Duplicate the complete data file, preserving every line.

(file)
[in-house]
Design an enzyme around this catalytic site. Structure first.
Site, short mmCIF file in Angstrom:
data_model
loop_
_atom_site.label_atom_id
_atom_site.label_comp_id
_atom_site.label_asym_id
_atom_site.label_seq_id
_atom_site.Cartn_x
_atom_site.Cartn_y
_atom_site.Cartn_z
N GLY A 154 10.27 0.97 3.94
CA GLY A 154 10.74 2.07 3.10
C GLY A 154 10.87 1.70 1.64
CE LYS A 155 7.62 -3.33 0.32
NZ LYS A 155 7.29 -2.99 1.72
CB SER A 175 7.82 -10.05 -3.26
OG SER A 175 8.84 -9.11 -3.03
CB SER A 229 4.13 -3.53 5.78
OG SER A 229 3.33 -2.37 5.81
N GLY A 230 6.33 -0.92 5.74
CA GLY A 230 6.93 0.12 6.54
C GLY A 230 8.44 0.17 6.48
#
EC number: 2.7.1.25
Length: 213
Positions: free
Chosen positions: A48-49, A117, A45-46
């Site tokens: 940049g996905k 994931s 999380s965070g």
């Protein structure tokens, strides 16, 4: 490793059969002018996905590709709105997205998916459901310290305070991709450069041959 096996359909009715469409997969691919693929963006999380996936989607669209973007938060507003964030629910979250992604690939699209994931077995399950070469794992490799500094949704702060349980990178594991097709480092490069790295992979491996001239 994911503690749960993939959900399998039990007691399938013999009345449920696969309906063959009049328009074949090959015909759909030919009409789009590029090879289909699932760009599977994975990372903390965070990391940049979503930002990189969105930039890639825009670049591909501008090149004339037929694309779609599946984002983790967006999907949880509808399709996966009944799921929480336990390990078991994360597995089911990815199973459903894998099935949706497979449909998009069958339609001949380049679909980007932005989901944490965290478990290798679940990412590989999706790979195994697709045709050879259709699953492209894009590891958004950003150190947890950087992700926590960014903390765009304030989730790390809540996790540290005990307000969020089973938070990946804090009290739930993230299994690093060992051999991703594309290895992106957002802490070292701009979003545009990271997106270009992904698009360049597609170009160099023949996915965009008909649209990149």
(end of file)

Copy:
[in-house]
Design an enzyme around this catalytic site. Structure first.
Site, short mmCIF file in Angstrom:
data_model
loop_
_atom_site.label_atom_id
_atom_site.label_comp_id
_atom_site.label_asym_id
_atom_site.label_seq_id
_atom_site.Cartn_x
_atom_site.Cartn_y
_atom_site.Cartn_z
N GLY A 154 10.27 0.97 3.94
CA GLY A 154 10.74 2.07 3.10
C GLY A 154 10.87 1.70 1.64
CE LYS A 155 7.62 -3.33 0.32
NZ LYS A 155 7.29 -2.99 1.72
CB SER A 175 7.82 -10.05 -3.26
OG SER A 175 8.84 -9.11 -3.03
CB SER A 229 4.13 -3.53 5.78
OG SER A 229 3.33 -2.37 5.81
N GLY A 230 6.33 -0.92 5.74
CA GLY A 230 6.93 0.12 6.54
C GLY A 230 8.44 0.17 6.48
#
EC number: 2.7.1.25
Length: 213
Positions: free
Chosen positions: A48-49, A117, A45-46
């Site tokens: 940049g996905k 994931s 999380s965070g």
């Protein structure tokens, strides 16, 4: 490793059969002018996905590709709105997205998916459901310290305070991709450069041959 096996359909009715469409997969691919693929963006999380996936989607669209973007938060507003964030629910979250992604690939699209994931077995399950070469794992490799500094949704702060349980990178594991097709480092490069790295992979491996001239 994911503690749960993939959900399998039990007691399938013999009345449920696969309906063959009049328009074949090959015909759909030919009409789009590029090879289909699932760009599977994975990372903390965070990391940049979503930002990189969105930039890639825009670049591909501008090149004339037929694309779609599946984002983790967006999907949880509808399709996966009944799921929480336990390990078991994360597995089911990815199973459903894998099935949706497979449909998009069958339609001949380049679909980007932005989901944490965290478990290798679940990412590989999706790979195994697709045709050879259709699953492209894009590891958004950003150190947890950087992700926590960014903390765009304030989730790390809540996790540290005990307000969020089973938070990946804090009290739930993230299994690093060992051999991703594309290895992106957002802490070292701009979003545009990271997106270009992904698009360049597609170009160099023949996915965009008909649209990149």